A noiseless match was invented in 1836 by the Hungarian Janos Irinyi, who was a student of chemistry.An unsuccessful experiment by his professor, Meissner, gave Irinyi the idea to replace potassium chlorate with lead dioxide in the head of the phosphorus match.He liquefied phosphorus in warm water and shook it in a glass vial, until it became granulated. He mixed the phosphorus with lead and gum arabic, poured the paste-like mass into a jar, and dipped the pine sticks into the mixture and let them dry. When he tried them that evening, all of them lit evenly.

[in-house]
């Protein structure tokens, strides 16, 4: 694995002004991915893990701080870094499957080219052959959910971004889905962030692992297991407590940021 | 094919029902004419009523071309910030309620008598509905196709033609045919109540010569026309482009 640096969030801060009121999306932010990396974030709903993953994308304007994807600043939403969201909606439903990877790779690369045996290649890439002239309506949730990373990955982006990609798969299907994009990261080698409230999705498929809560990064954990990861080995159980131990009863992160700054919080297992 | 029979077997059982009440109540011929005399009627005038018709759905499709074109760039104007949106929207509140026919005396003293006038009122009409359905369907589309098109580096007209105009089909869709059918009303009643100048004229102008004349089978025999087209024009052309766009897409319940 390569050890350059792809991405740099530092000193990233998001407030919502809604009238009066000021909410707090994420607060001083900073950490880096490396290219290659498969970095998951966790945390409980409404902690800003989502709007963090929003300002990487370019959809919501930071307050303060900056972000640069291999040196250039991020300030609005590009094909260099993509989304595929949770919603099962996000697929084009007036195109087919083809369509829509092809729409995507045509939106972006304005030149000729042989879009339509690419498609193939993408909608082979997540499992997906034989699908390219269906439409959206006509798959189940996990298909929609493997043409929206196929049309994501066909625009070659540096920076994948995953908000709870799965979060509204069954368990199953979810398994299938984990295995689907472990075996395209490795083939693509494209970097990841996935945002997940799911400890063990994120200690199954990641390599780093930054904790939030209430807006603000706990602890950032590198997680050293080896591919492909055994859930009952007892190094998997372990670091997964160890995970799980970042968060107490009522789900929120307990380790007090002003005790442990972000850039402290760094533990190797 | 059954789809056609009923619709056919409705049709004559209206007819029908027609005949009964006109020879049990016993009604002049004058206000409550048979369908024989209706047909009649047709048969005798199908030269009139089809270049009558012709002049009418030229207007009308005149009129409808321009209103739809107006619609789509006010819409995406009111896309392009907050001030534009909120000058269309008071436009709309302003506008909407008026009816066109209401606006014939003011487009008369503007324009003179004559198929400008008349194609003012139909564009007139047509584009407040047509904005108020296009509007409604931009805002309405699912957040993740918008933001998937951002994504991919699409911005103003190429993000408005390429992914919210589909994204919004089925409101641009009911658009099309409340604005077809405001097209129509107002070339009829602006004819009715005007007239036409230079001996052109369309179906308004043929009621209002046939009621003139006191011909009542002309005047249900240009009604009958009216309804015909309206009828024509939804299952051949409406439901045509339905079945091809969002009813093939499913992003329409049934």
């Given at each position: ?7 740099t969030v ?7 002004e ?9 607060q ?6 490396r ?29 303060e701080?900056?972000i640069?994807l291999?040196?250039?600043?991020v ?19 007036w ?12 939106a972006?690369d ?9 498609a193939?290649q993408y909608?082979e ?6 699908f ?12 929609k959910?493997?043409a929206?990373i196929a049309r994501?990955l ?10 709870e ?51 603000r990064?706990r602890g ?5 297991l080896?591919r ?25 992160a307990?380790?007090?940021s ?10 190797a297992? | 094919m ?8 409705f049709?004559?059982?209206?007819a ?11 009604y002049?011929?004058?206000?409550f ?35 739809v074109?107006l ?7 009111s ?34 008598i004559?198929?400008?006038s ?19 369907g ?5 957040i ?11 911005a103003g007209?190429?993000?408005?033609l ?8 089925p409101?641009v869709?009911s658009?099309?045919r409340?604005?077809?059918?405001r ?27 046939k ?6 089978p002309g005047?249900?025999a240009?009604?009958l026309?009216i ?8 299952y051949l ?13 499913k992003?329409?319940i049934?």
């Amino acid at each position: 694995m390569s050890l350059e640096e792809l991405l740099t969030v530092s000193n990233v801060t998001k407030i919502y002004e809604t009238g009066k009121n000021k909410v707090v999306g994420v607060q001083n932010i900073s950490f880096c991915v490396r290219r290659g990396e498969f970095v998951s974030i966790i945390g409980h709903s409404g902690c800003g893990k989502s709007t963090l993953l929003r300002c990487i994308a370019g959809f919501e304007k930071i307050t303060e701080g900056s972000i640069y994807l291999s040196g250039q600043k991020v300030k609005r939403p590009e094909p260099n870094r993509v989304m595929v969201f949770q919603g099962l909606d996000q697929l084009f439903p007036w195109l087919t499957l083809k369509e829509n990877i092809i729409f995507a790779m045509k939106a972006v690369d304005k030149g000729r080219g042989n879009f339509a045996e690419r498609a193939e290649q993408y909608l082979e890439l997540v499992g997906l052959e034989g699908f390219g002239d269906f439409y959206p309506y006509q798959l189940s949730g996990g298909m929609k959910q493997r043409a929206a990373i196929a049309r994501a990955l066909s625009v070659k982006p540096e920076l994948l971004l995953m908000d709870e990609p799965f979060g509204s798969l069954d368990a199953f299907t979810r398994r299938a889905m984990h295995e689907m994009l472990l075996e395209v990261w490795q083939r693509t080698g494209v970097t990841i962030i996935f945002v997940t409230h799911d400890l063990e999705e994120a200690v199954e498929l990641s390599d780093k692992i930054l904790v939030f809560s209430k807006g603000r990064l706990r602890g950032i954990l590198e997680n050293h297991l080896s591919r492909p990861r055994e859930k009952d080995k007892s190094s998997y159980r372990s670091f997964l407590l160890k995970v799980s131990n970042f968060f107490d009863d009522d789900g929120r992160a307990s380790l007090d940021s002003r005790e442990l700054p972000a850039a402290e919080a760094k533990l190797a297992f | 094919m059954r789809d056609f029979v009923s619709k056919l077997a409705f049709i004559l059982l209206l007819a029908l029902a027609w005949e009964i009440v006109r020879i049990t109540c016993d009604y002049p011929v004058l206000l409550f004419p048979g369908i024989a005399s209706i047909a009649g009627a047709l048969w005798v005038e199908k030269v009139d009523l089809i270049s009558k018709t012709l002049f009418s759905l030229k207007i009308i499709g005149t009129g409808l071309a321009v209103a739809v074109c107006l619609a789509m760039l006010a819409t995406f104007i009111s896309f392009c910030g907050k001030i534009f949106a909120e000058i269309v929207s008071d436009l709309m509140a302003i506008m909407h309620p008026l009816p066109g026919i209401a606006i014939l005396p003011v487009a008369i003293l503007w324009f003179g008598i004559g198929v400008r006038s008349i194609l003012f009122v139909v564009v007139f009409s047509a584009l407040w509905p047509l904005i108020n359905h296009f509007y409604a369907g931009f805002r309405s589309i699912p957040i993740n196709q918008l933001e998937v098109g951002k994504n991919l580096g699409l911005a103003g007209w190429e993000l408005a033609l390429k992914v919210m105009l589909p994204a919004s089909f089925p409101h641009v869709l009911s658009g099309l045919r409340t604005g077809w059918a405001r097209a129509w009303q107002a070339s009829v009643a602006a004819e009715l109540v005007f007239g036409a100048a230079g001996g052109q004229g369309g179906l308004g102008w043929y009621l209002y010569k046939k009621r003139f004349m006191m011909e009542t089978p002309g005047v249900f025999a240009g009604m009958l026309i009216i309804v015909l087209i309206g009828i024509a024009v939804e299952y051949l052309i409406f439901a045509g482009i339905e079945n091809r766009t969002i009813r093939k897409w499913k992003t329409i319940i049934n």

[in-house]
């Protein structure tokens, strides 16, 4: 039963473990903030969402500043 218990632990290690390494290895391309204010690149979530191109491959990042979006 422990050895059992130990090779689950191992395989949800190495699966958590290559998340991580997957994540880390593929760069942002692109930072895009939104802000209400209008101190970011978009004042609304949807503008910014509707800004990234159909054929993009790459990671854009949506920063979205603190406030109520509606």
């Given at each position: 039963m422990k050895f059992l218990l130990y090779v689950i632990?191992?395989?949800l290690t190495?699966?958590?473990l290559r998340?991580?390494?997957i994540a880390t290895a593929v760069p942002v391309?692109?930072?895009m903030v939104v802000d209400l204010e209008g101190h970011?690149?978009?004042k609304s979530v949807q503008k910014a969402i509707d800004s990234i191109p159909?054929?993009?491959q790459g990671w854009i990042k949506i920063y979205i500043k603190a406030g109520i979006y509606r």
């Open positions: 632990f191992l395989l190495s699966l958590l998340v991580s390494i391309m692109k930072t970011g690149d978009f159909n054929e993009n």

Irinyi thus invented the noiseless match. He sold the invention to Istvan Romer, a match manufacturer. Romer, a Hungarian pharmacist living in Vienna, bought the invention and production rights from Irinyi for 60 forints (about 22.5 oz t of silver). Romer became rich and Irinyi went on to publish articles and a textbook on chemistry, and founded several match factories.